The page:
And two years in, with the House's Republican takeover in January all but assuring that the current frustrating stasis in Washington will become a longed-for memory, new political capital is something he's going to find harder and harder to come by, especially if he keeps dancing through some of the most important fights of this or any other presidency by playing to the mythical middle instead of scoring a knockdown blow.  I've said it before, but it seems like it needs repeating: the people who hate Obama will hate him whether he meets them partway, halfway or all the way.  And while there's definite wisdom in picking your battles, that still implies that you'll eventually, y'know, pick a battle.

Friday, November 12, 2010

Hankies on Stun!

The folks at Topless Robot have posted another of their trademark lists, this time rattling off the top eleven moments from the worlds of sci-fi and fantasy that are virtually guaranteed to bring a tear to the eye of the sensitive geek.  I mean who didn't get a little verklemmt when Optimus Prime died in the 1986 Transformers animated flick? And Spock in Star Trek II?  That's some traumatic stuff right there.  There are a couple of the entries I haven't seen, but I'll be darned if they're not pretty much spot-on with the vast majority of them. Number 3, especially, manages to choke me up. Every. Single. Time.

Recommended Reading

Wil Hylton at GQ has a fascinating article examining the struggle of Attorney General Eric Holder, as head of the Obama Justice Department, in attempting to balance principle and politics in the face of a president and administration increasingly embracing the latter at the expense of the former.  The President's decision to yank the Khalid Sheikh Muhammad prosecution from a civilan court in favor of a military tribunal, in defiance of Obama's stated opposition to them during the campaign, is just one example of this phenomenon, but anyone who's paid attention during the last two years is already aware of the legacy that Obama the Pragmatist is in danger of leaving behind.  Reading this piece probably won't leave you feeling much better.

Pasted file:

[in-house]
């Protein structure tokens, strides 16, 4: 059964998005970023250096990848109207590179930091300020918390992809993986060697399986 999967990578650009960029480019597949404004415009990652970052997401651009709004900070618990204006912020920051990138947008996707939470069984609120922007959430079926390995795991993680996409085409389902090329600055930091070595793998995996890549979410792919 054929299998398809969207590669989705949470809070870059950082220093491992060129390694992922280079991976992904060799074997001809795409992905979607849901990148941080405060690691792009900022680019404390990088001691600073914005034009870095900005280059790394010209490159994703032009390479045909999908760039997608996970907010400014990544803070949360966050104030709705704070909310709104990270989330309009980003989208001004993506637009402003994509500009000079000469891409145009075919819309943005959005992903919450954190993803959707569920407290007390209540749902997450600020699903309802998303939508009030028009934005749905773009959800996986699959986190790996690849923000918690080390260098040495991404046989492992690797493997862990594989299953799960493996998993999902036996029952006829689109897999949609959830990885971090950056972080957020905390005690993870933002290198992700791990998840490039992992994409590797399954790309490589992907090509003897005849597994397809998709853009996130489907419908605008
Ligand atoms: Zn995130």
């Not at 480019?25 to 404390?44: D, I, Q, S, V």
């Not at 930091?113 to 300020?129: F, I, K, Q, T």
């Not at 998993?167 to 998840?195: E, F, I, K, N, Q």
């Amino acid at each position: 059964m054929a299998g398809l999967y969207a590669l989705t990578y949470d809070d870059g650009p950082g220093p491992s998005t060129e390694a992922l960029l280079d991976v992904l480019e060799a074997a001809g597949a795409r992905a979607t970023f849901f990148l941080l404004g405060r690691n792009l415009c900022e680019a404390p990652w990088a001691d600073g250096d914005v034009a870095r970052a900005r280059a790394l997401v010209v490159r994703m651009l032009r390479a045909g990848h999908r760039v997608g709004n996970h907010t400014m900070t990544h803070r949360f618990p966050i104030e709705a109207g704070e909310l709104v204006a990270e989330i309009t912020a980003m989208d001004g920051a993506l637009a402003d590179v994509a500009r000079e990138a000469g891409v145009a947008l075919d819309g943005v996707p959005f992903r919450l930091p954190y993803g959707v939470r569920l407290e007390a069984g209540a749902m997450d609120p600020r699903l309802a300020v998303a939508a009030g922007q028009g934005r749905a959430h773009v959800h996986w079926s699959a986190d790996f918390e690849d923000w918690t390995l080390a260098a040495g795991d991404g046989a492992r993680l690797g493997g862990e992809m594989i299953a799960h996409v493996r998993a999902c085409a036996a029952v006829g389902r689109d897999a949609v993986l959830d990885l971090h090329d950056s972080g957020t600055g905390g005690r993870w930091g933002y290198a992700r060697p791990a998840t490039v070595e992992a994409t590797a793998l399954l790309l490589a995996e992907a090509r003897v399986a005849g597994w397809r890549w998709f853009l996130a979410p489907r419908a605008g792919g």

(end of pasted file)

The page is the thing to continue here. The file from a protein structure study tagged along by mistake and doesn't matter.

Civil Discourse

Though Jon Stewart rarely ventures outside of his Daily Show forum, whenever he does, whether appearing with Bill Moyers or Bill O'Reilly, I'm consistently impressed at how he approaches complex issues with a seriousness and sincerity that belies the "I'm just a comedian" line he deploys as a shield.  Case in point is his lengthy sit-down last night with Rachel Maddow on MSNBC that saw him discussing the goals of and reaction to his ballyhooed "Rally to Restore Sanity" a few weeks back, the aftermath of which saw him taking some hits from seemingly all sides.

While some folks on the Right fell over themselves to write it all off as an insubstantial clown show, which maybe it was, some folks on the Left quickly took issue with what they felt was an unfair equivalence between the the tactics employed by both sides, which, in fairness, maybe it was.  However, what may have gotten lost in all of the talking head round-robins was the simple point behind the rally: The media has an investment in propagating a binary "us vs. them" narrative, regardless of who you paint as "us" and who you paint as "them."